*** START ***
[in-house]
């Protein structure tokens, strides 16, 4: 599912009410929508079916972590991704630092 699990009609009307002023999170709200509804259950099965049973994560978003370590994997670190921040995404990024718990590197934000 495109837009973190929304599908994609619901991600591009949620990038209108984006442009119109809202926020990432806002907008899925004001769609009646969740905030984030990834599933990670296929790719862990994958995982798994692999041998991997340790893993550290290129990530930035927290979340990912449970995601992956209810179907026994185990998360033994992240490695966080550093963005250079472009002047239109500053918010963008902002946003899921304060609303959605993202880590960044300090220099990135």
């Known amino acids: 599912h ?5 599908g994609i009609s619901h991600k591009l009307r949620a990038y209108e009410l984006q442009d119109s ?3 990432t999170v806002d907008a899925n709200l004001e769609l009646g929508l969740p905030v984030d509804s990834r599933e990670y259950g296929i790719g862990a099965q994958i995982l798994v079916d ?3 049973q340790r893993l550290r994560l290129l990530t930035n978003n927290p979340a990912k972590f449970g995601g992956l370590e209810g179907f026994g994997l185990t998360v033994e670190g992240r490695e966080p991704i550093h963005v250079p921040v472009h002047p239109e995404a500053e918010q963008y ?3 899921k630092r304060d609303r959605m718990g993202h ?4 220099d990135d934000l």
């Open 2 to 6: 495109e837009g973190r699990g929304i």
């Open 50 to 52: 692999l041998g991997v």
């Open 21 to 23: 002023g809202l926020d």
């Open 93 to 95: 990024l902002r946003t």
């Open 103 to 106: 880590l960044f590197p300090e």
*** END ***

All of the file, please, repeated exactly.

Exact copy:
[in-house]
């Protein structure tokens, strides 16, 4: 599912009410929508079916972590991704630092 699990009609009307002023999170709200509804259950099965049973994560978003370590994997670190921040995404990024718990590197934000 495109837009973190929304599908994609619901991600591009949620990038209108984006442009119109809202926020990432806002907008899925004001769609009646969740905030984030990834599933990670296929790719862990994958995982798994692999041998991997340790893993550290290129990530930035927290979340990912449970995601992956209810179907026994185990998360033994992240490695966080550093963005250079472009002047239109500053918010963008902002946003899921304060609303959605993202880590960044300090220099990135």
């Known amino acids: 599912h ?5 599908g994609i009609s619901h991600k591009l009307r949620a990038y209108e009410l984006q442009d119109s ?3 990432t999170v806002d907008a899925n709200l004001e769609l009646g929508l969740p905030v984030d509804s990834r599933e990670y259950g296929i790719g862990a099965q994958i995982l798994v079916d ?3 049973q340790r893993l550290r994560l290129l990530t930035n978003n927290p979340a990912k972590f449970g995601g992956l370590e209810g179907f026994g994997l185990t998360v033994e670190g992240r490695e966080p991704i550093h963005v250079p921040v472009h002047p239109e995404a500053e918010q963008y ?3 899921k630092r304060d609303r959605m718990g993202h ?4 220099d990135d934000l």
């Open 2 to 6: 495109e837009g973190r699990g929304i």
């Open 50 to 52: 692999l041998g991997v």
């Open 21 to 23: 002023g809202l926020d």
């Open 93 to 95: 990024l902002r946003t």
């Open 103 to 106: 880590l960044f590197p300090e």